N Barbetakis, T Xenikakis, A Efstathiou, M Vlahveis, I Fessatidis
N Barbetakis, T Xenikakis, A Efstathiou, M Vlahveis, I Fessatidis. Pulmonary Leiomyomatosis After Hysterectomy For Uterine Myoma. The Internet Journal of Thoracic and Cardiovascular Surgery. 2002 Volume 6 Number 1.
Pulmonary benign metastasizing leiomyoma refers to a neoplasm associated with a previous or coincident history of uterine leiomyomas. A recent study by Sekine et al  reports that leiomyomas represent 0,085% of pulmonary benign tumors. Multiple pulmonary leiomyomas represent an exceptional condition that occurs usually in sexually mature women. We present the case of a 49-year old woman with pulmonary benign metastasizing leiomyoma 10 years after hysterectomy for uterine leiomyoma.
A 49-year old woman was admitted to our department for investigation of accidentally found space-occupying lesions in both lungs in chest X-ray (Figure 1).
The past medical history revealed that she underwent hysterectomy 10 years ago for leiomyomas of the uterus. She also reported hyperlipidaemia and smoking 20 cigarettes daily since the age of 18. The patient was free of dyspnea, cough, sputum production, hemoptysis or fever. Physical examination was normal.
Computed tomography of the thorax confirmed the presence of bilateral pulmonary multiple nodules. As multiple metastases due to tumor of unknown origin were suspected, the patient underwent a series of diagnostic tests: computed tomography (brain, abdomen), gastroscopy, coloscopy, bronchoscopy, skeletal scintigraphy and various laboratory tests none of which indicated primary extrapulmonary tumor.
A percutaneous CT-guided biopsy was performed with negative results. Therefore, an exploratory posterolateral mini-thoracotomy through the 5th intercostal space was carried out and histopathological examination of specimens obtained from a resected tumor was performed. The resected tumor revealed bundles of smooth muscle cells without high cellularity or mitosis with nuclear atypism. This was consistent with benign leiomyomas without any evidence of malignancy (benign metastasizing pulmonary leiomyoma – Figure 2). The tumor also showed a reactivity against actin and desmin. Estrogen receptors were present.
The postoperative period was straightforward with no problems. According to the fact that the histologic report showed a high concentration of estrogen receptors, an analogue gonadotropin-releasing hormone (Gn-RH) was given. Ten months later a stable condition in size of the nodular lesions was observed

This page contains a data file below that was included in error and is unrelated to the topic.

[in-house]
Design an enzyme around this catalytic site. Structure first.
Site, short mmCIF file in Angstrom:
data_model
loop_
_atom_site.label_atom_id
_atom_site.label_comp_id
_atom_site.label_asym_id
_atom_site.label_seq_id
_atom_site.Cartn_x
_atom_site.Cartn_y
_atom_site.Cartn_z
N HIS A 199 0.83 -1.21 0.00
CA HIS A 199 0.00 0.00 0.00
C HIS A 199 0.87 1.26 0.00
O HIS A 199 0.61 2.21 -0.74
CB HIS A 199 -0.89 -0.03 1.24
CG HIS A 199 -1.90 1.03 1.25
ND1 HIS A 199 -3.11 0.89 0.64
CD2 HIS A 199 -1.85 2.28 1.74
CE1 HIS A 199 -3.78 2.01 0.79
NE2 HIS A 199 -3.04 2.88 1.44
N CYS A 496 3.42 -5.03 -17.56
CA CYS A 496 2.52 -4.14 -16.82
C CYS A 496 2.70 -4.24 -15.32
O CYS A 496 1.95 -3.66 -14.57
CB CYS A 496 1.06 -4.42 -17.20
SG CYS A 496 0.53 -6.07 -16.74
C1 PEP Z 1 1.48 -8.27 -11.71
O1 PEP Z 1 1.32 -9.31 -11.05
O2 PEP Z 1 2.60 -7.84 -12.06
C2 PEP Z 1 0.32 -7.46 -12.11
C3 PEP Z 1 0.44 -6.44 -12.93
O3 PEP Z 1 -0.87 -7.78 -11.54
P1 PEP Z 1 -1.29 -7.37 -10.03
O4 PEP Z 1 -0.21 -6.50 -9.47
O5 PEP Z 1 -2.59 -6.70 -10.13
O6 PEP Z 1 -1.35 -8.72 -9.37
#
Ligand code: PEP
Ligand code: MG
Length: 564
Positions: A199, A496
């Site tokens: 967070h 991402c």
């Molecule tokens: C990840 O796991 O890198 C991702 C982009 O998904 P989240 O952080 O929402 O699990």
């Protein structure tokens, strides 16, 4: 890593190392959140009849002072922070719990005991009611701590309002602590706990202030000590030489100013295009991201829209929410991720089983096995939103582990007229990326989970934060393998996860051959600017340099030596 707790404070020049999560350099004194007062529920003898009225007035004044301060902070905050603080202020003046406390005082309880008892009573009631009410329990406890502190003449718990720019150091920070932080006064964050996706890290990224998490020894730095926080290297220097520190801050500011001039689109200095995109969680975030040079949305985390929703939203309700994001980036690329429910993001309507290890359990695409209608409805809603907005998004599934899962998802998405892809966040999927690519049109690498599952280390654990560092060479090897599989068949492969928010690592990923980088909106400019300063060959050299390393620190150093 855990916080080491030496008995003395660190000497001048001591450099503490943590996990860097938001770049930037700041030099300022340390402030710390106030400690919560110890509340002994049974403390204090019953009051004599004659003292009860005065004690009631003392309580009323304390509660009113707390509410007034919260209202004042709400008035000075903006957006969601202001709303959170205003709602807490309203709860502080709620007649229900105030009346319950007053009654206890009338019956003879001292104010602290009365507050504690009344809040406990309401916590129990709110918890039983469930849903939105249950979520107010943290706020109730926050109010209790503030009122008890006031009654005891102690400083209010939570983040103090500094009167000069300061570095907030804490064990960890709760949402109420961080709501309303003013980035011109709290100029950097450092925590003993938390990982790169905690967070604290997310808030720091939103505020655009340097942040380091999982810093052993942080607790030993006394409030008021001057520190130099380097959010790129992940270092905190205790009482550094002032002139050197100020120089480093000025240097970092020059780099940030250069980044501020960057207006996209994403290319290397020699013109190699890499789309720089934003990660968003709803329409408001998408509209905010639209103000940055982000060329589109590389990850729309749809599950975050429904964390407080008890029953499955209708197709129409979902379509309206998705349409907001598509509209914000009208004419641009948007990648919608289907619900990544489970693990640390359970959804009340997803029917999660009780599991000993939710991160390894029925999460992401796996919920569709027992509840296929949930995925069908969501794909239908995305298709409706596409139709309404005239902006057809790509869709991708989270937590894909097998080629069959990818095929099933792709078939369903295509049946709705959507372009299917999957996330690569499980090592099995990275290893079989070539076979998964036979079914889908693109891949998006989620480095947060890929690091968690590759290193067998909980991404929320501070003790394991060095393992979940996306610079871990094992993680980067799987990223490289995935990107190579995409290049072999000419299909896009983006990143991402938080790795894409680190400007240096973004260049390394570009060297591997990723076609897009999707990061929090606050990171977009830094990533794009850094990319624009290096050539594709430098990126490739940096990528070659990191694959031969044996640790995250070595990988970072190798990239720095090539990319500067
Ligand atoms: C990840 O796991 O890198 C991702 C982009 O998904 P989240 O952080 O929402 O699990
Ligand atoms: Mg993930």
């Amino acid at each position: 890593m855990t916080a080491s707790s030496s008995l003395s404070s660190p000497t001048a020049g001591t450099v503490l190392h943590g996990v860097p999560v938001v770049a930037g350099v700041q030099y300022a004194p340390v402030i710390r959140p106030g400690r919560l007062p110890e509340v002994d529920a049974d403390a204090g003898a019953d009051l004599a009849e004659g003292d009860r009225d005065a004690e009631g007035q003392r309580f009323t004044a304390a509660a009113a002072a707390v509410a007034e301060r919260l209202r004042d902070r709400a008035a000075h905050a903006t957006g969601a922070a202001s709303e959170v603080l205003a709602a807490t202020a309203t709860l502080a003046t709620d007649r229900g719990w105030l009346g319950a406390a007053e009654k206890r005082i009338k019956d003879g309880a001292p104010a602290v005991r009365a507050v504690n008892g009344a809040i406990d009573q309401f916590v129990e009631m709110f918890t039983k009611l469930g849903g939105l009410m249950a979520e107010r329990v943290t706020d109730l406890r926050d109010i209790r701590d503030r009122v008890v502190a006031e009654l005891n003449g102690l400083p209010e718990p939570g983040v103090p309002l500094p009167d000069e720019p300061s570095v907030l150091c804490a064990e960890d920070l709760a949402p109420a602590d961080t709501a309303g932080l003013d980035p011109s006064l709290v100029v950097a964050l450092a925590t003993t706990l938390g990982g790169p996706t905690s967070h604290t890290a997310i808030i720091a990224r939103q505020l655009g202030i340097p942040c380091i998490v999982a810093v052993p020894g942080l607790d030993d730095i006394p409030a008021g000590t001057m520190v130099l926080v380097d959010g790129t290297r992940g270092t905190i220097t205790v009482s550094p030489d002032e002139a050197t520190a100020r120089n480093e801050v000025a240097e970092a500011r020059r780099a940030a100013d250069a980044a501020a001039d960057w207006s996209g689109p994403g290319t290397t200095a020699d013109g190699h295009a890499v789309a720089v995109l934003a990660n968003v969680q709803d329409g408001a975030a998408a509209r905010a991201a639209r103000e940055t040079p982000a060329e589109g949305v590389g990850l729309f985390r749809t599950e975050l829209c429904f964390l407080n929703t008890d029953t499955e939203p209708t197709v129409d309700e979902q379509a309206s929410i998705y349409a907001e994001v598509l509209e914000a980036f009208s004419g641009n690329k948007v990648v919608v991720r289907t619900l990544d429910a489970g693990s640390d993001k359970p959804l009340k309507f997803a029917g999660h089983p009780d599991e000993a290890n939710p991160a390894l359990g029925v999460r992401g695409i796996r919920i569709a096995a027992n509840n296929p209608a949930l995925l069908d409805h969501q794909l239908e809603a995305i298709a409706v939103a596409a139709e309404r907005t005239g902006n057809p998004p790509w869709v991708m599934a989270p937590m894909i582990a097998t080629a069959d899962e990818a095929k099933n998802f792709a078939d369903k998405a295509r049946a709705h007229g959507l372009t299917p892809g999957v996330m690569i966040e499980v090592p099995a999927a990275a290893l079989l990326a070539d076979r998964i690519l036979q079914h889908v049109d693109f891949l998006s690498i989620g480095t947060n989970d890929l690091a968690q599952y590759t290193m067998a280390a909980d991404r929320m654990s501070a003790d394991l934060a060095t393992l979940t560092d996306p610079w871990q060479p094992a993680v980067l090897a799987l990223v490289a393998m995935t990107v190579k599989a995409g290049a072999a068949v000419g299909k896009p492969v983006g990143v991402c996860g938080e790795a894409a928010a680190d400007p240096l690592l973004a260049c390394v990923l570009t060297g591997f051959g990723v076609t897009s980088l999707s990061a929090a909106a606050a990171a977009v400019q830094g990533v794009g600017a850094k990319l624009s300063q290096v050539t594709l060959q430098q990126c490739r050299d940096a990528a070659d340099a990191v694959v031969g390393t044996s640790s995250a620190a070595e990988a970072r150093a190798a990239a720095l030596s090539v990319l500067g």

The etiology of multiple pulmonary nodules is quite complex, with metastatic disease being the most common cause. Other possibilities include sarcoidosis or an inflammatory process, such as fungal infection, tuberculosis, nocardiosis or septic emboli. However, in asymptomatic patients, further considerations include the presence of amyloidosis, hamartomas, rheumatoid nodules, arteriovenous malformations and leiomyomas .
Benign metastasizing leiomyoma is a rare cause of a space-occupying pulmonary lesion with unclear pathogenesis, predominantly affecting middle-aged women after hysterectomy for uterine myoma . Frequently, the pulmonary involvement appears several years after myomectomy or hysterectomy with radiographic appearance of slow-growing solitary or multiple lung nodules. Although most of these patients are asymptomatic, presenting symptoms such as dyspnea, dry cough or chest pain have been reported [4,5]. The most common sites of metastases include the lungs and lymph nodes. A metastatic focus involving the anterior papillary muscle of the right ventricle causing obstruction of the main pulmonary trunk has been described .
The pathogenesis remains unclear, hormone-dependent tumor growth being discussed as a possible mechanism. Against it, is that extrapulmonary locations are too rarely observed. The still open pathogenetical question has no therapeutical consequence. Whenever technically possible, a radical parenchyma-saving surgical therapy should be the first choice . Anti-oestrogen administration is the treatment of choice to achieve remission and effective prevention of recurrences .
N. Barbetakis, MD, Resident in Cardiothoracic Surgery Samou 3, GR-54638, Thessaloniki, Greece E-mail: email@example.com Tel No: 0030-310216560